Retail wants employees with the right soft skills
Sanjay Jog, HR head, Pantaloon Retail
“ Recruitment is no problem. The problem is the necessary attitude.”
The cash registers are ringing, but it’s har-dly music to the man behind the counter. The annual entry-level median salary in the sector ranges from Rs 1.5 lakh in the South to Rs 3.11 lakh in the North. If we count out the salaries in the North, the entry-level median salary in the sector is the lowests among all the 12 sectors in the survey. The wide variance between the South and the North can be attributed to the higher number of lifestyle stores in the North where front-end employees need more spit and polish, and, hence, are paid higher.
As in manufacturing, 80 per cent of the employees in retail work on the front-end and get paid low salaries. The sector is considered the last refuge of the unemployed, since a high educational qualification is not a necessary precondition; in fact, most of the employees currently in retail are not graduates.
Recruitment is not a problem for the sector; most of the brands in the sector are well known, so walk-in interviews are the norm. “Recruitment is no problem,” says Sanjay Jog, chief people officer at Pantaloon Retail. “We get enough people. The problem is the attitude which is a necessary thing in a service industry like ours.” Employees require rigorous training, particularly in soft skills, given their poor education and low socio-economic background. This creates some unique problems for the companies. “Most of the employees in the sector come from a lower socio-economic background, and their encounter with consumption economy creates a problem of self-esteem,” says the human resources (HR) head of a large retail group.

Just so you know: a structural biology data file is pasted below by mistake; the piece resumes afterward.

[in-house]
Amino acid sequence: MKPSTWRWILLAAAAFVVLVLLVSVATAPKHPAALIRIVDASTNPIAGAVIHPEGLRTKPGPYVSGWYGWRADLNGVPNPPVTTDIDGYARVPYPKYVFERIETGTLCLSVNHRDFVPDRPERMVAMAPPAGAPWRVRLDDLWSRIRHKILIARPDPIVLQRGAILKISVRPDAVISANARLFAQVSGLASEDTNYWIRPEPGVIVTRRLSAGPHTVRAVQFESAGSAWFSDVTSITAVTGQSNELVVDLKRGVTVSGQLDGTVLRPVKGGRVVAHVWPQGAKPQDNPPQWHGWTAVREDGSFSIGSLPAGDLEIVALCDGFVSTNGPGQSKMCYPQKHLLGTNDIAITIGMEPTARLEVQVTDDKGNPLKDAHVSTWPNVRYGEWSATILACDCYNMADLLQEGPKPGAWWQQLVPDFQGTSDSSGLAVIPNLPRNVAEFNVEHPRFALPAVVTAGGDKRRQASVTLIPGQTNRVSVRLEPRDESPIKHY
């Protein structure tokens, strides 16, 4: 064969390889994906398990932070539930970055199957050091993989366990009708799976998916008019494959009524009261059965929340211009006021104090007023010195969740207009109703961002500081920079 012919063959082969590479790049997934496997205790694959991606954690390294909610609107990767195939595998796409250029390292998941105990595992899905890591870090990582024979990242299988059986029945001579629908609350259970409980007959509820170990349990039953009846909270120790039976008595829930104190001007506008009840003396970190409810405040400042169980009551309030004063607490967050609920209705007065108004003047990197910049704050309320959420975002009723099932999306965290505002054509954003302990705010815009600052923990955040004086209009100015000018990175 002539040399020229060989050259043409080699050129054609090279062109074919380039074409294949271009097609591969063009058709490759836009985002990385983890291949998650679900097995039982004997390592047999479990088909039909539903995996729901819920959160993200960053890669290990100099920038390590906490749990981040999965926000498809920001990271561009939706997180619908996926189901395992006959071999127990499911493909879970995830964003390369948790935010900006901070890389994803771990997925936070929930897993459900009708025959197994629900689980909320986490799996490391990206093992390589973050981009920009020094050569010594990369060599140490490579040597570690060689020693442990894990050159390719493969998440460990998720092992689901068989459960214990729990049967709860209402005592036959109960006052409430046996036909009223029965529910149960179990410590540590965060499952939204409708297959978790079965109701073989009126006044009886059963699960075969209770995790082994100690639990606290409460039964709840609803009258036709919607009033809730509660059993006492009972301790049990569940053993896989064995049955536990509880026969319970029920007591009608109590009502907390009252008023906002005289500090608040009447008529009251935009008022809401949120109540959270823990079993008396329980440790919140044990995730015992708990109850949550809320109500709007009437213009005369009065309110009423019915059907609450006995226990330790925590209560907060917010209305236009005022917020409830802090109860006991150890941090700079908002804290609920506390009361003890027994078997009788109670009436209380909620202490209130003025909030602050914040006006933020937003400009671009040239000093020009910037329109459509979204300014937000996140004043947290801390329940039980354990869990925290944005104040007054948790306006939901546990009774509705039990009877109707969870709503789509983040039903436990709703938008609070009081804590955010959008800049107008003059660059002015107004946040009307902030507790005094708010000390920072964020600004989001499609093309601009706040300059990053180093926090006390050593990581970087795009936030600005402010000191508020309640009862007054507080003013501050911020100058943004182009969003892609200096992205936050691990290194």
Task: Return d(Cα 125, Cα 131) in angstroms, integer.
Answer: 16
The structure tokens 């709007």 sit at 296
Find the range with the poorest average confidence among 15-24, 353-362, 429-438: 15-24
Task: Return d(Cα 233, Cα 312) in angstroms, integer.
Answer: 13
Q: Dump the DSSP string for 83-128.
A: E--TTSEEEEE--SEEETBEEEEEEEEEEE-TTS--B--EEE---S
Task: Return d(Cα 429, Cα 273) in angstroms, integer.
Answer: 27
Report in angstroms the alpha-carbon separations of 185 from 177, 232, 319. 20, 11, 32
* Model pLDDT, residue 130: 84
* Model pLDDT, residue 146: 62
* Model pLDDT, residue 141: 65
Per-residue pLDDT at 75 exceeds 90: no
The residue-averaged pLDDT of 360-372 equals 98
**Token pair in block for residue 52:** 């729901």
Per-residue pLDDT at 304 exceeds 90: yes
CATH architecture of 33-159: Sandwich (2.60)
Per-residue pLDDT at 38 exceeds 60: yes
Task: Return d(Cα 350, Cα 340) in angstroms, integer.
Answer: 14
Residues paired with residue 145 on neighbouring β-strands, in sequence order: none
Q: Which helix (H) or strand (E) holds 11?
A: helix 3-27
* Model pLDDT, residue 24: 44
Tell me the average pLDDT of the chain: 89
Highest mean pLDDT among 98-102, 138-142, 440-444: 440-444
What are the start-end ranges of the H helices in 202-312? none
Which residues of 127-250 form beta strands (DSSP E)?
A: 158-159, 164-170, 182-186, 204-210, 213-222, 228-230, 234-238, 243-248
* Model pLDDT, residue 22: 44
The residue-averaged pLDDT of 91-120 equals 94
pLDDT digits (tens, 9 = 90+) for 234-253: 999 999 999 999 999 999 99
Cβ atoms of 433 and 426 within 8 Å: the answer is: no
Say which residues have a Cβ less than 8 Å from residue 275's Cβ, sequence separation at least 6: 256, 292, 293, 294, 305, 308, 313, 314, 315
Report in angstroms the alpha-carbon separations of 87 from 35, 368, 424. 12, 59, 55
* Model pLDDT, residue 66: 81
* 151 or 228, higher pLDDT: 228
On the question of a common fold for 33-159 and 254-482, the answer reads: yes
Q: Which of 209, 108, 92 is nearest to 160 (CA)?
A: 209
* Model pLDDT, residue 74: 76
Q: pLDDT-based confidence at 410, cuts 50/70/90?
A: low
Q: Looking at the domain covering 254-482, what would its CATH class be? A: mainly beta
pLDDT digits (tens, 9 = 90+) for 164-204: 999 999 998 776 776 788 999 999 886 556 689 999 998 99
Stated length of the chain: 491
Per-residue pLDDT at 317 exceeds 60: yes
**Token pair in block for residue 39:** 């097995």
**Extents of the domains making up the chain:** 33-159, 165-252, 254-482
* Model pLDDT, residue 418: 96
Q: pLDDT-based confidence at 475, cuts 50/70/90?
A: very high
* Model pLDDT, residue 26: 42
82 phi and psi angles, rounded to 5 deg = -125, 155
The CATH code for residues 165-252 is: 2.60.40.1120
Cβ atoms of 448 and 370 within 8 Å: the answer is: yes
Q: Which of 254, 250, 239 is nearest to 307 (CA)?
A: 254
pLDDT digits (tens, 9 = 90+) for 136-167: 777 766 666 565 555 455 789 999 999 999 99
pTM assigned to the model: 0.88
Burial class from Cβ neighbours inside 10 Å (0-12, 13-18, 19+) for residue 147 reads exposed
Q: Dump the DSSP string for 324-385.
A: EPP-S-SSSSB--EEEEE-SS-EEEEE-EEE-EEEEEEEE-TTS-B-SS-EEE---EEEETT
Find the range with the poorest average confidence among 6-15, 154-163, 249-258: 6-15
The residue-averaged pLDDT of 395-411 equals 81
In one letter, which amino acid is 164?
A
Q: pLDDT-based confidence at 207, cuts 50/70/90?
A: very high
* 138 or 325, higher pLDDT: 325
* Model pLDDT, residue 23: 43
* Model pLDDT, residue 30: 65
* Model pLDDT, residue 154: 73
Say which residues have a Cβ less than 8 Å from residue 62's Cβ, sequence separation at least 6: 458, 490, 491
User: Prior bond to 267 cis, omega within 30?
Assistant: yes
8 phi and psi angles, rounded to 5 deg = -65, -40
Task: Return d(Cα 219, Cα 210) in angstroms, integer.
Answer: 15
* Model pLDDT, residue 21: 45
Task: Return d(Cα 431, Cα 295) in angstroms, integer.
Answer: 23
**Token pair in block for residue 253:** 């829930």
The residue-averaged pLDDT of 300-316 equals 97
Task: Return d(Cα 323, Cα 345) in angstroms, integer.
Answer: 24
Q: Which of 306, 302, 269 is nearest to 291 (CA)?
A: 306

Since most companies in the sector are doubling their employee strength every year, training becomes a key HR operation in a company. As retail is a new industry, it is investing a fair amount to provide diplomas and degrees in retail management to its management staff.
For retail, expansion is an opportunity as well as a challenge. Currently, a substantial part of the revenues of the retail chains is coming from the top 10 cities, but they are slowly and steadily moving towards tier II and tier III towns. Here they will face a new challenge of training their employees. Companies also have to recruit employees from the local community, as they want their employees to reflect the language skills of the community being served by the stores.
The sector is generous with its benefits but it does not provide stock options across all levels, nor does it provide leave travel allowance or house rent across the industry.